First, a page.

The Singaporean illustrator who brought art into Facebook’s offices
During her time with the social media giant, Kristal Melson got to pick and choose artworks as a curator for the Facebook Artist in Residence programme. But she's also made a name for herself as an artist in her own right, working with the likes of Vogue and Nike. CNA Lifestyle talks to her for our latest Creative Capital interview.
Kristal Melson has had a career that many young illustrators and graphic designers want to emulate. The 38-year-old has succeeded in gaining respect as an artist, in landing great gigs with a range of clients from global brands to small start-ups, and has been in a position to enable other artists, helping to build their careers.
Pre-pandemic, Melson was working at workspace solutions provider WeWork, and prior to that was a regional curator for Facebook’s artist in residency programme. Before Facebook, she was the art director for Kult, a gallery and studio which also produced one of the city’s most influential publications on art, design and popular culture.
Melson gave birth to her second child last year, just as the country went into its first circuit breaker. The pandemic and motherhood, she told me, created a hiatus that allowed her take a break, take stock and reinvent her work.
She’s back at it these days, but more selectively, taking on work that she finds really meaningful.
HI KRISTAL, WHEN DID YOU FIRST THINK YOU WANTED TO BUILD A CAREER IN ART AND DESIGN?
I was not your ideal student in school. I was one of those distracted kids with doodles on everything from textbooks to my sneakers. I would make collages, silly stuff like that, for as long as I can remember. I loved books and magazines with awesome pictures. Loved She-ra and My Little Pony books.
A few months before my O Levels. we had a graphic designer come in to speak to us and I was really mind-blown. Like, wait, that kind of work exists? I think I can do that!
I then worked really hard on my O Levels to make sure I got into the Visual Communication course at Temasek Polytechnic.
DID YOUR PARENTS ENCOURAGE YOUR CREATIVE STREAK?
My mum would grumble that I was spending time on silly things and not studying – my grades were far from good. But she did nurture me in other ways. She encouraged things like singing and dancing, and she helped on every single art project.
As I got older and my future was starting to define itself, my parents were concerned. Being an illustrator or designer wasn’t common at the time.
I mistook their worries for doubt and as a rebellious kid I took that as a challenge to prove them wrong. When I have a fire in my belly, I do my best work.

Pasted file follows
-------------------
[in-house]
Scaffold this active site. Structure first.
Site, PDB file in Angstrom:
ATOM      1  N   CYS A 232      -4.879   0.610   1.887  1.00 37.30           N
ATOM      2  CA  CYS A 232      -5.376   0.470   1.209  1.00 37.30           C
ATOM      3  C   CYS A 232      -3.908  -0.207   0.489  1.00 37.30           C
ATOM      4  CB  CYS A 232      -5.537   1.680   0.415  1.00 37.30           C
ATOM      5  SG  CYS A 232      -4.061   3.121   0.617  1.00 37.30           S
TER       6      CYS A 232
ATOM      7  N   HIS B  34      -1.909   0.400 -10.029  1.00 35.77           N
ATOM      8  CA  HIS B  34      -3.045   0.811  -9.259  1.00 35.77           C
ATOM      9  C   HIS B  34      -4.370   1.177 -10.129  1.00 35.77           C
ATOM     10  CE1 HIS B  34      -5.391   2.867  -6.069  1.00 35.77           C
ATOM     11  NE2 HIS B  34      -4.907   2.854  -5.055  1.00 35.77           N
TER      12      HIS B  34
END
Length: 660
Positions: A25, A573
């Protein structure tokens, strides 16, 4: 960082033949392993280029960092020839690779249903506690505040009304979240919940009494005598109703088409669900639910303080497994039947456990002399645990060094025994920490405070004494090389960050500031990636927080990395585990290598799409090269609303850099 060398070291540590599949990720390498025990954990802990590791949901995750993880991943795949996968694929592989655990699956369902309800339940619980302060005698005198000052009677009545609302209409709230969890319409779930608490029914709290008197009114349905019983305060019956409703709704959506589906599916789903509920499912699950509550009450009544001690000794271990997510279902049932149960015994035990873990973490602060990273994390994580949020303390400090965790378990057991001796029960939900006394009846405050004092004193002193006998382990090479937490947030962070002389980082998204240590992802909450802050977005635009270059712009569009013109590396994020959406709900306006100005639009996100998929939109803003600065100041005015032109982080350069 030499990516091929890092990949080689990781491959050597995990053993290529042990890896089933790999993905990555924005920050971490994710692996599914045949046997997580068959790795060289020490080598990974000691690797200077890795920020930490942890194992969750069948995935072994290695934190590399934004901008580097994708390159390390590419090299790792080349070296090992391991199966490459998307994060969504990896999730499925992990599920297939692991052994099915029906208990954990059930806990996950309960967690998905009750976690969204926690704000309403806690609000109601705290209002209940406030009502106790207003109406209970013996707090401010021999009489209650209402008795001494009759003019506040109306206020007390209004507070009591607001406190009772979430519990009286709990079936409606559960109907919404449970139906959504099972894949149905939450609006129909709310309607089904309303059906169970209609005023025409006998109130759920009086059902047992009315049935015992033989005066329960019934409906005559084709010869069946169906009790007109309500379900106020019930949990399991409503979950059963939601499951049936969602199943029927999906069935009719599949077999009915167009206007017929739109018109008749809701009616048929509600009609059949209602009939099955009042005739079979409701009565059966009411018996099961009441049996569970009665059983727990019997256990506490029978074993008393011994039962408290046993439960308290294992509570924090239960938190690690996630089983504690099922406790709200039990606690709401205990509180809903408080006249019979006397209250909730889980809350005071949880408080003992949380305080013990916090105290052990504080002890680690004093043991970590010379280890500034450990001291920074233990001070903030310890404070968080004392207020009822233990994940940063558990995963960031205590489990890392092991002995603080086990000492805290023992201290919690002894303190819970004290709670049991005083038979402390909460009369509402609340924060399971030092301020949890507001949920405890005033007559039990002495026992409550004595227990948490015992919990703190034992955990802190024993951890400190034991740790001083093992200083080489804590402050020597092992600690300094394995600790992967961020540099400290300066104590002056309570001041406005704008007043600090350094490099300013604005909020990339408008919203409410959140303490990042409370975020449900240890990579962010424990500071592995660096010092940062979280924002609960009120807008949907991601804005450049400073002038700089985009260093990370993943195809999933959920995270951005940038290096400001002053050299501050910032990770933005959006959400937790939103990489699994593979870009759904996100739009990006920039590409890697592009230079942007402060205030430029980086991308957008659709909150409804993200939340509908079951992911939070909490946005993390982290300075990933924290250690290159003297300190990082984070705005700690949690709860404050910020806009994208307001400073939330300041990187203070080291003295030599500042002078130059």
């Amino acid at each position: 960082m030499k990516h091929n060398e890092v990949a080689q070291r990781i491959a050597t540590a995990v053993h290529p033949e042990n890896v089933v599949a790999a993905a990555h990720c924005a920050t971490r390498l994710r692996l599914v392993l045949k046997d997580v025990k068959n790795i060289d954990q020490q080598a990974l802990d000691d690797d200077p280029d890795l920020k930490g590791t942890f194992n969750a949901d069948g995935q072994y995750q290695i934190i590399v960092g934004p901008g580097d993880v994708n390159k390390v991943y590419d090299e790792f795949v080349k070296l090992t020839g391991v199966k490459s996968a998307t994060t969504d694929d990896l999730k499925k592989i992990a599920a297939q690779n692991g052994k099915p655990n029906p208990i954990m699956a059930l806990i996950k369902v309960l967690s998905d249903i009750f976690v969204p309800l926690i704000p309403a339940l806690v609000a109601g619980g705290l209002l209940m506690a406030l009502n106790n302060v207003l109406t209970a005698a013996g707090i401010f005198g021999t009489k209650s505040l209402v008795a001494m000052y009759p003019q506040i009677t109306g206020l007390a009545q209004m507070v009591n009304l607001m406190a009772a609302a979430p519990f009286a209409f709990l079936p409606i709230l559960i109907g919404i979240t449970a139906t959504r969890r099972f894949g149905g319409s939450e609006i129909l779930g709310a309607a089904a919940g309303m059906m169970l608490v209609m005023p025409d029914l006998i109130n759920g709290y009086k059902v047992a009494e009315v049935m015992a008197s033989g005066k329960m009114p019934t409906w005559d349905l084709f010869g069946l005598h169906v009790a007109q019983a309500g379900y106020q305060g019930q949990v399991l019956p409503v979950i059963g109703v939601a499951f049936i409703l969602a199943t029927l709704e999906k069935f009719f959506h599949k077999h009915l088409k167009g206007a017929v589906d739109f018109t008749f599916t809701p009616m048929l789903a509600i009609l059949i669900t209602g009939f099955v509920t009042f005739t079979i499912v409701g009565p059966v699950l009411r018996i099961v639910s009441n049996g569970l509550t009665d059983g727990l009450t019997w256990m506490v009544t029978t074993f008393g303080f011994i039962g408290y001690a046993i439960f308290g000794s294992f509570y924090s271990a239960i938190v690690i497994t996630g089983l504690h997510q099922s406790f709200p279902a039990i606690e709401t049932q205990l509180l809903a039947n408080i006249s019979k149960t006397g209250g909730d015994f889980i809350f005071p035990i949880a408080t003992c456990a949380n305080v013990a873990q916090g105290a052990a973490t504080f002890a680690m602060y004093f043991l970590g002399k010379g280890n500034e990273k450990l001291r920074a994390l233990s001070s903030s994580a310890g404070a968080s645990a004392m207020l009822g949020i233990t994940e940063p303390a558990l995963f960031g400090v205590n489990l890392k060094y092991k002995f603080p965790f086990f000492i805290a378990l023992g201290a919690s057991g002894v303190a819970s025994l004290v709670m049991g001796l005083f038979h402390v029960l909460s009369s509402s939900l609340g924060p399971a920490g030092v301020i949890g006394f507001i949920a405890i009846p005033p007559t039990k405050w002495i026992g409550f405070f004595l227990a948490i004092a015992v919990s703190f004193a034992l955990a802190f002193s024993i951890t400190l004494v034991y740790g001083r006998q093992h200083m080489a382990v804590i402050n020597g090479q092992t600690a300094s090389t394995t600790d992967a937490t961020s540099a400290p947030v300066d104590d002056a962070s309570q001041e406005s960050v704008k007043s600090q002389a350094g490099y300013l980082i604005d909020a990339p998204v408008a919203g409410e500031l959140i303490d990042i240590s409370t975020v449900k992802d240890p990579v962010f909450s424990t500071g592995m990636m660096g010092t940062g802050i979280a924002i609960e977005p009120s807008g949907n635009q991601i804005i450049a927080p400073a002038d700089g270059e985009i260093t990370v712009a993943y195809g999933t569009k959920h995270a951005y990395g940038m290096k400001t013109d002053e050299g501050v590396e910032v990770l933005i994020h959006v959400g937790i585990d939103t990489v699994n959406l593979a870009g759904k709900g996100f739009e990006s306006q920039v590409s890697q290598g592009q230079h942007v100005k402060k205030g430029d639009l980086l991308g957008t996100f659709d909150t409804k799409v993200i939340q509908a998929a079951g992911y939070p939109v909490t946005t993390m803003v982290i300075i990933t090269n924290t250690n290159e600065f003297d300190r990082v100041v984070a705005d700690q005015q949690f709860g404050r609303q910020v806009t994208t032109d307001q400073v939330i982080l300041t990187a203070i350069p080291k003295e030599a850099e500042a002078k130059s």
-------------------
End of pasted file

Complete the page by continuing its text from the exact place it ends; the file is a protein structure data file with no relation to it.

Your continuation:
YOU’VE HAD AN AMAZING CAREER. YOU’RE WELL-KNOWN AS BOTH AN ARTIST AND A CREATIVE DIRECTOR, IS THERE ONE DESCRIPTION YOU PREFER?
I think there’s tons I could do better but it’s encouraging to know efforts are felt.
I always struggle with this title thing. Illustrator? Artist? Graphic designer? Doing a lot of things gets me pumped up and a great or fun idea energises me.
If I had to choose I would say artist because those ideals or belief systems are at the core of everything I work on.
DO YOU THINK IT’S HARD OR EASY FOR YOUNG ARTISTS AND DESIGNERS TO MAKE THEIR MARK TODAY? WHAT ADVICE WOULD YOU GIVE THEM?
There’s so much more accessibility to resources now but there’s also the flip side: With more accessibility, more people are creating and with that saturation I think there’s a lot more pressure to produce and be seen.
I think my core rules still apply: Be honest. When you approach an idea, allow yourself to question your intent while trusting intuition. That keeps you grounded or focused.
It’s a long game. You can’t define yourself overnight and you are constantly evolving. You are creating that conversation with yourself that you want to keep having.
I believe that having that discipline to keep working not only sharpens the work but also helps you to find ways to balance feeling satisfied.
The other important thing I’m learning in this age of spectatorship is that people invest their time following an artist that brings them value. That’s a common thing I see with artists that are really successful with large followings. And there’s something out there for everyone, so those honest questions you ask yourself will tend to bring like-minded people together.
YOU SPENT SIX AND A HALF YEARS WITH FACEBOOK AND TWO OF THOSE AS A CURATOR. THAT SOUNDS FASCINATING. WHAT DOES A CURATOR AT FACEBOOK DO?
Essentially, we curated art for the Facebook offices. I was a regional curator for the Facebook Artist in Residence programme.
I was lucky enough to be selected as an Artist-in-Residence as well and the curators I worked with included Drew Bennett, who founded FBair and is such an amazing person. Drew felt that I understood the Facebook culture well and was able to help translate that to artists and vice versa.
It was a privilege to meet all these different artists who were at different points of their careers and stir up conversations in the office that covered some very challenging topics. I can’t express how much love I have for the friendships I made with artists I looked up to, like Kristin Farr, for example.